Major airline allows male staff to wear skirts
In a bid to become “the most inclusive airline in the skies,” British Virgin Atlantic scrapped rules on Wednesday requiring its staff to wear gender-specific uniforms. This means male personnel may now wear red skirt suits to work.
The company, which is owned by billionaire Richard Branson, announced that it would update its gender identity policies to “champion individuality,” enabling its employees to wear clothing that “expresses how they identify.”
According to the airline’s press release, personnel are now free to choose any company-approved uniform, “no matter their gender, gender identity or gender expression.” The uniforms have been created for Virgin by British designer Dame Vivienne Westwood.
The updated policies also provide an option for both Virgin Atlantic staff and passengers to wear pronoun badges to make sure they are addressed with consideration for their gender identity.
The airline’s ticketing systems will also allow people with a gender-neutral marker in the passport to use ‘U’ or ‘X’ gender codes on their booking, as well as the gender-neutral title ‘Mx’. This feature, however, is available only in a handful of countries, including the US, India and Pakistan.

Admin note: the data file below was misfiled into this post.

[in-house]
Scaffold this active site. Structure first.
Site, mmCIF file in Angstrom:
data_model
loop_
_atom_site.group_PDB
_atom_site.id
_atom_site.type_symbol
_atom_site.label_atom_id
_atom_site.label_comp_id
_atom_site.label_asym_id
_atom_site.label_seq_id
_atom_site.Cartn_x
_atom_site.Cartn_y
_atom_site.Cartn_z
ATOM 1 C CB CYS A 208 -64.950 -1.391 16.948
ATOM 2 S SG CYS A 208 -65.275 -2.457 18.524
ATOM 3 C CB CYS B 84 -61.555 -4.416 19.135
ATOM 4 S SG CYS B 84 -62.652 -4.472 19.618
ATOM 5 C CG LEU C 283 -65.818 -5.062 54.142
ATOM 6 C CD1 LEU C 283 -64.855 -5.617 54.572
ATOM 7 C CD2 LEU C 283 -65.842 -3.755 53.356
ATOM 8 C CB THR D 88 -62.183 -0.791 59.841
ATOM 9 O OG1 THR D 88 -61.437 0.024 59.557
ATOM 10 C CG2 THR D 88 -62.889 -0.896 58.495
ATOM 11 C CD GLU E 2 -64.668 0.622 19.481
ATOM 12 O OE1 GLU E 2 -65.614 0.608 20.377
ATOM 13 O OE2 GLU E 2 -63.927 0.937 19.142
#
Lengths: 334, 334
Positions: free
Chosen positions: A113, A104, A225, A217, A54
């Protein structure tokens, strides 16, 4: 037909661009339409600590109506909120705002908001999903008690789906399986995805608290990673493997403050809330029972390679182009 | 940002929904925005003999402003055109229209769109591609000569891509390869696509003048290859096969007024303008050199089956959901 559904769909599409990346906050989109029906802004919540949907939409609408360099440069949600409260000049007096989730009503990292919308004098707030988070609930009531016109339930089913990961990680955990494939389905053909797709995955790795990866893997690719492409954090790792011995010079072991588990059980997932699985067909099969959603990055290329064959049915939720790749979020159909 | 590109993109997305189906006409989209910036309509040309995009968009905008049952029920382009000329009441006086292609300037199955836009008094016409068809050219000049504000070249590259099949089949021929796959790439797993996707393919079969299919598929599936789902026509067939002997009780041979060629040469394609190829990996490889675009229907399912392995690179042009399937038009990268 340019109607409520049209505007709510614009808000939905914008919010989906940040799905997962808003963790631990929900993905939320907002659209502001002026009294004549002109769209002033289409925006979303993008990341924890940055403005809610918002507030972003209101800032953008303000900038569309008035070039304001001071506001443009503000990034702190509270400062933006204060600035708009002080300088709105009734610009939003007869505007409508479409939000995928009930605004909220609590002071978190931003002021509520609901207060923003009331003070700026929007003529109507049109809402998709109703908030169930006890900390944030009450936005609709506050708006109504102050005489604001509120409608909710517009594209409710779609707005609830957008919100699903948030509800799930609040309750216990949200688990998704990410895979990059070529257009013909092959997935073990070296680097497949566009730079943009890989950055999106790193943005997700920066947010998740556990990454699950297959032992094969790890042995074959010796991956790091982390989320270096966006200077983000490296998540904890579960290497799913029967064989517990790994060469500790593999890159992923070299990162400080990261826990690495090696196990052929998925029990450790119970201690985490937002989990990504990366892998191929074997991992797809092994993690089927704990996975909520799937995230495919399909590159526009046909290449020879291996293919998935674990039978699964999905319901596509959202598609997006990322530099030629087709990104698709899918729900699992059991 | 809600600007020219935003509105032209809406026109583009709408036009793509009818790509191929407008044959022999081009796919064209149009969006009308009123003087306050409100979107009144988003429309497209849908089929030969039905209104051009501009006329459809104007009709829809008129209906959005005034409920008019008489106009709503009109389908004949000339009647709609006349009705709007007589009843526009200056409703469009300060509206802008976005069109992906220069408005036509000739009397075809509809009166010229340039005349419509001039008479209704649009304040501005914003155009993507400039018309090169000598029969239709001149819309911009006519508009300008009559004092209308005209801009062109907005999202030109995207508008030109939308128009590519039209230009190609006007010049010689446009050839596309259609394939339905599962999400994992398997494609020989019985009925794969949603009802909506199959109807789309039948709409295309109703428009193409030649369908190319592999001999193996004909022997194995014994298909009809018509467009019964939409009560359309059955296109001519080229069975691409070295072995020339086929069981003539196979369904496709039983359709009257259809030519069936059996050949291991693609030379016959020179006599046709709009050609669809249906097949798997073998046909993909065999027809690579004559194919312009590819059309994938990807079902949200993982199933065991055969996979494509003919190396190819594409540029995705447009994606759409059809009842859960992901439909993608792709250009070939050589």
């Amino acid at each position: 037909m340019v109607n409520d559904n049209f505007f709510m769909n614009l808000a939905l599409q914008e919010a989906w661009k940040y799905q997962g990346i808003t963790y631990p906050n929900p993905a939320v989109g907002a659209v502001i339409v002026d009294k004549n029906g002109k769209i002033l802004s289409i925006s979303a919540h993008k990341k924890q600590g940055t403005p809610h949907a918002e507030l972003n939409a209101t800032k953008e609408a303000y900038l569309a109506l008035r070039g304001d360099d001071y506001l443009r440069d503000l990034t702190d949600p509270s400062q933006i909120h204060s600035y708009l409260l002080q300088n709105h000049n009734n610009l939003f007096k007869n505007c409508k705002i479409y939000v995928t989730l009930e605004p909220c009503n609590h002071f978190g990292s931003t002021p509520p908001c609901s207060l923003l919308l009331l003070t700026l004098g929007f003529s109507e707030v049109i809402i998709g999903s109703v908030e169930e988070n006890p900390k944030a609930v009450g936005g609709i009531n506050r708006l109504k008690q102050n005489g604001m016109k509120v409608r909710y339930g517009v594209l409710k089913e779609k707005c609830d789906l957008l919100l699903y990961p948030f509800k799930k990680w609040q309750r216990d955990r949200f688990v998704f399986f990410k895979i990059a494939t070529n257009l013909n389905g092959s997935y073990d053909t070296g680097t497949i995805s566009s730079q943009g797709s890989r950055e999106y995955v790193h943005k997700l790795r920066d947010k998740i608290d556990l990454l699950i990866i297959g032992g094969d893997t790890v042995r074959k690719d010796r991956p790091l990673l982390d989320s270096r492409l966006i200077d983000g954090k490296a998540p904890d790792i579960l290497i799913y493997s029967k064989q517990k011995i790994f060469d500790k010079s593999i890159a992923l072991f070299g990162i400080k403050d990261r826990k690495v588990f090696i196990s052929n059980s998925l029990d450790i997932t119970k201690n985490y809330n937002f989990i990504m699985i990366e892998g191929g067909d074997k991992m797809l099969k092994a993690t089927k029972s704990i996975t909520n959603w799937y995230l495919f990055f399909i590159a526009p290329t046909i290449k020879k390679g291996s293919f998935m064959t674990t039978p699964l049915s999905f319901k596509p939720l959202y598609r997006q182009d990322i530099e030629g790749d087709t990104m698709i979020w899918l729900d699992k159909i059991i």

In addition, Virgin Atlantic has updated its “trans inclusion policies,” entitling members of this community to time off for medical treatments related to gender transition, and allowing them to choose changing and shower facilities.
The move, however, has been met with criticism by some members of the public who consider the decision to be controversial or even see it as “woke madness.”
The amendment of Virgin Atlantic’s policies comes after major US airlines agreed in July to update their systems by 2024 to enable clients to buy tickets with an “X” gender marker, which means the passenger considers themselves to be neither male nor female.